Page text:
Arthur Ransome – English author, 1884-1967
Arthur Ransome’s childhood summer holidays in northern England’s Lake District led him, much later in his life, to write Swallows and Amazons (1930), the first of his popular series, “Swallows and Amazons,” of twelve books for children. His success was due at least in part to his vivid recollection of the ingredients of childhood happiness, but his own childhood was not all joyful.
In school, he recalls, he was “extremely miserable.” When he was thirteen, his father died and the family no longer vacationed at the lake, although in his twenties he spent some time there with a family who provided models for some of his fictional characters. Arthur Ransome’s career as a journalist took him, among other places, to revolutionary Russia. There he met Trotsky’s secretary, who later became his wife. The success of his first books enabled him to spend the rest of his life in the Lake District, where he continued the series, fulfilled at last.
“It seems to me,” he wrote, “that in writing children’s hooks I have the best of childhood over again and the best of being old as well.” The best of childhood, he perceived, was the holidays, and in his books the characters are left alone to enjoy their holidays as they choose. Together they create their own adventures, on small sailboats, exploring an island, camping, seeking treasure, solving small mysteries. Group play is an important aspect of their adventures.
The four older Walker children act out the roles of a traditional nuclear family, with patriarchal Captain John (ship’s master) and maternal Susan (first mate) providing a secure environment in which their younger siblings, Able Seaman Titty and Ship’s Boy Roger, can develop their own competence. Other children (and adults), such as the Blackett sisters, who are the Amazon pirates of the lake, and their fearsome/fun uncle, Captain Flint, sometimes take part in the group play, helping to shape the adventures.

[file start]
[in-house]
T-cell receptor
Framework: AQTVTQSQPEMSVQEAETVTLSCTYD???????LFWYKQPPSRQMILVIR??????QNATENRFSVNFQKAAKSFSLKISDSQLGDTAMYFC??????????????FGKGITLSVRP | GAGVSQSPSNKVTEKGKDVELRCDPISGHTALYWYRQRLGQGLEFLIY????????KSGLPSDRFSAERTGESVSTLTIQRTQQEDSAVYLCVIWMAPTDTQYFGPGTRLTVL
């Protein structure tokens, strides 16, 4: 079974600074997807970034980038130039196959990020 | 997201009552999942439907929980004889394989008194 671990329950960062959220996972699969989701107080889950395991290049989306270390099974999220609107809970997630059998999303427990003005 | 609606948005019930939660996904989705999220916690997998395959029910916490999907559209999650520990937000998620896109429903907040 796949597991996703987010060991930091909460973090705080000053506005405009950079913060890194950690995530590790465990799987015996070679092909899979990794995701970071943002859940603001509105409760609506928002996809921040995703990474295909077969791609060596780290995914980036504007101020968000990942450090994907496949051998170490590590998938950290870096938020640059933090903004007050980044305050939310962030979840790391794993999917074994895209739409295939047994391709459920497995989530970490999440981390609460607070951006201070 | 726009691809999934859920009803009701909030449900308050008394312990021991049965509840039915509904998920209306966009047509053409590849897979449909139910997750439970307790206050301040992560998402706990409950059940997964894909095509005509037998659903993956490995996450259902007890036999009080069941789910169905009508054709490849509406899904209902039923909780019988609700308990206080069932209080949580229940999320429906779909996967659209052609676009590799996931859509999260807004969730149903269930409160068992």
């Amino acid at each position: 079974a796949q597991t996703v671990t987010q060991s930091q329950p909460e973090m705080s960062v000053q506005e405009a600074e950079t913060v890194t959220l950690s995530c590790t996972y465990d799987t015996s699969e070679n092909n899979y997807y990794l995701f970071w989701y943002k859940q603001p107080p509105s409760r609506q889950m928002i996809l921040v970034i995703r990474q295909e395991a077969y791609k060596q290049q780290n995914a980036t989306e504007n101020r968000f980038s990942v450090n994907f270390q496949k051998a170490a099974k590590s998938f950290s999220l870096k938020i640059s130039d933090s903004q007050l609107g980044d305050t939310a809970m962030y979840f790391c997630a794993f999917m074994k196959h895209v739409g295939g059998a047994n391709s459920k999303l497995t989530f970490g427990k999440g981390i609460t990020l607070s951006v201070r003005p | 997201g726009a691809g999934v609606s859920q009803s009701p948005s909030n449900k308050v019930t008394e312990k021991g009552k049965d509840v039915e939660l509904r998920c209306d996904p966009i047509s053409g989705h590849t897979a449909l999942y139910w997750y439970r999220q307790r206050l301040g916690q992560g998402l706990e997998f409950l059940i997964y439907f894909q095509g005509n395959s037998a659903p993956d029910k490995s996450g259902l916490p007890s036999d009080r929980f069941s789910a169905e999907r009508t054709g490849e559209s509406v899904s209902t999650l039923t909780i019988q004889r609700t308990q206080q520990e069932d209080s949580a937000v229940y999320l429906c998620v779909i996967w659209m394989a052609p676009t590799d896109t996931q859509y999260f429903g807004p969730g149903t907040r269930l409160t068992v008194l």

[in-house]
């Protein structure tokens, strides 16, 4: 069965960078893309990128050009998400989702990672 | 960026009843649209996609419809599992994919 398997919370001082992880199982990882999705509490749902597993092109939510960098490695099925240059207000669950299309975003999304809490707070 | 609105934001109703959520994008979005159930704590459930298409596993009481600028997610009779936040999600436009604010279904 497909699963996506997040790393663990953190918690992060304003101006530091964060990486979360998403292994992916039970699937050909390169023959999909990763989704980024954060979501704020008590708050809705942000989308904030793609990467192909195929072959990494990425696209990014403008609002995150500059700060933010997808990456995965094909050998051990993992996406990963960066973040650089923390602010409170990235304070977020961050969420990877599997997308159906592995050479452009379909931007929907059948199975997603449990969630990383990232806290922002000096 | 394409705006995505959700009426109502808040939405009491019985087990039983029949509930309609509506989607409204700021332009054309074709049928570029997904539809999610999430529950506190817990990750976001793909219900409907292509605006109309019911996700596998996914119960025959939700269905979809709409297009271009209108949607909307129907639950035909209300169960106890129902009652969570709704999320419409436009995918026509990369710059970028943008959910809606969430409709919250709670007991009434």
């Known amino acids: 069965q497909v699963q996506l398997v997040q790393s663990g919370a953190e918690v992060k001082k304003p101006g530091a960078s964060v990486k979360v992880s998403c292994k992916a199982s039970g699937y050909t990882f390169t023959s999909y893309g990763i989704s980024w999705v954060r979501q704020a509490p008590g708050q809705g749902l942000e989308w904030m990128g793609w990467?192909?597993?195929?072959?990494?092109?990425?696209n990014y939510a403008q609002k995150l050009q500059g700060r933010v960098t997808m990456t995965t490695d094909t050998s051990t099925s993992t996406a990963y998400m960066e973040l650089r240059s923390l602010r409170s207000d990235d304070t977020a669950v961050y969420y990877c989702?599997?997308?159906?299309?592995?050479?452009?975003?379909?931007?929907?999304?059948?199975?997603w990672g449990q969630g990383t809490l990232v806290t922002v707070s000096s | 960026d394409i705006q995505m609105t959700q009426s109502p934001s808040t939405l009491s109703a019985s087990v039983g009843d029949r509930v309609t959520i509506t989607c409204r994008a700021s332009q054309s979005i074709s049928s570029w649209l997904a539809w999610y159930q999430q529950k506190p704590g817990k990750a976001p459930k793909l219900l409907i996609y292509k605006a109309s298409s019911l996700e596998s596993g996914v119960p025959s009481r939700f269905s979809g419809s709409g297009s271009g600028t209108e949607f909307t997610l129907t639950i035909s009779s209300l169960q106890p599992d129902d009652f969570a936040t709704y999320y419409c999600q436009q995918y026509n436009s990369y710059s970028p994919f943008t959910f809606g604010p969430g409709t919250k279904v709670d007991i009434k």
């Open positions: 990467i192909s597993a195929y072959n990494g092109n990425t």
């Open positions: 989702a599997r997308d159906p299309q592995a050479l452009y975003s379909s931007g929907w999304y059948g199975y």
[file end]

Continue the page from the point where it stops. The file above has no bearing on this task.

Like a father, Arthur Ransome is fond of all his characters. All have well-developed, individual personalities, and episodes are presented from their respective points of view. But he seems to have an especially strong attachment to dreamy, emotional Titty, who is not always able to distinguish between the real and the imagined and who draws the others into her fantasy world. Plausible experiences are amplified by the group imagination; once a fantasy has been developed (the little sailboat Swallow is a large sailing vessel, the Amazon is a pirate ship; there is a lost gold mine in the nearby hills, they are on an expedition to the North Pole), they all become serious about believing it.
Occasionally, the children’s adventures are exciting and even dangerous enough without the need for imaginative enhancement. For example, they are caught in a forest fire in Pigeon Post (1936), and they accidentally cross the English Channel in a fog while spending the night on an anchored sailboat in We Didn’t Mean to Go to Sea (1937). Distinctive in Ransome’s fiction is his attention to detail. He unobtrusively provides I wealth of practical information about activities such as sailing, camping, prospecting, and signaling.
At the time of their publication in the 1930s and ’40s the books were immensely popular. Today they are as well loved by a fewer number of readers who are still inspired by Arthur Ransome’s warm, resourceful, energetic characters.
Source: Children’s Books and their Creators, Anita Silvey.
Arthur Ransome Works
- The Souls of the Streets and other Little Papers (1904)
- The Child’s Book of the Seasons (1906)
- Pond and Stream (1906)
- The Things in our Garden (1906)
- Bohemia in London (1907)
- The Book of Friendship (1909)
- A History of Story-telling (1909)
- Edgar Allan Poe (1910)
- The Book of Love (1911)
- The Hoofmarks of the Faun (1911)
- Oscar Wilde, a Critical Study (1912)
- Portraits and Speculations (1913)
- The Elixir of Life (1915)
- Old Peter’s Russian Tales (1916)
- A Letter to America (1918)
- Six Weeks in Russia (1919)
- Aladdin and his Wonderful Lamp in rhyme (1920)
- The Crisis in Russia (1921)
- The Soldier and Death (1922)
- Racundra’s First Cruise (1923)
- Rod and Line (1929)
- Mainly about Fishing (1959)
“Swallows and Amazons series”
- Swallows and Amazons (published 1930)
- Swallowdale (1931)
- Peter Duck (1932)
- Winter Holiday (1933)
- Coot Club (1934)
- Pigeon Post (1936)
- We Didn’t Mean To Go To Sea (1937)
- Secret Water (1939)
- The Big Six (1940)
- Missee Lee (1941)
- The Picts and the Martyrs: Or Not Welcome At All (1943)
- Great Northern? (1947)
- Coots in the North (unfinished) —Ransome died in 1967 and the work was edited by Hugh Brogan and sections published as unfinished in 1988, with some other short works.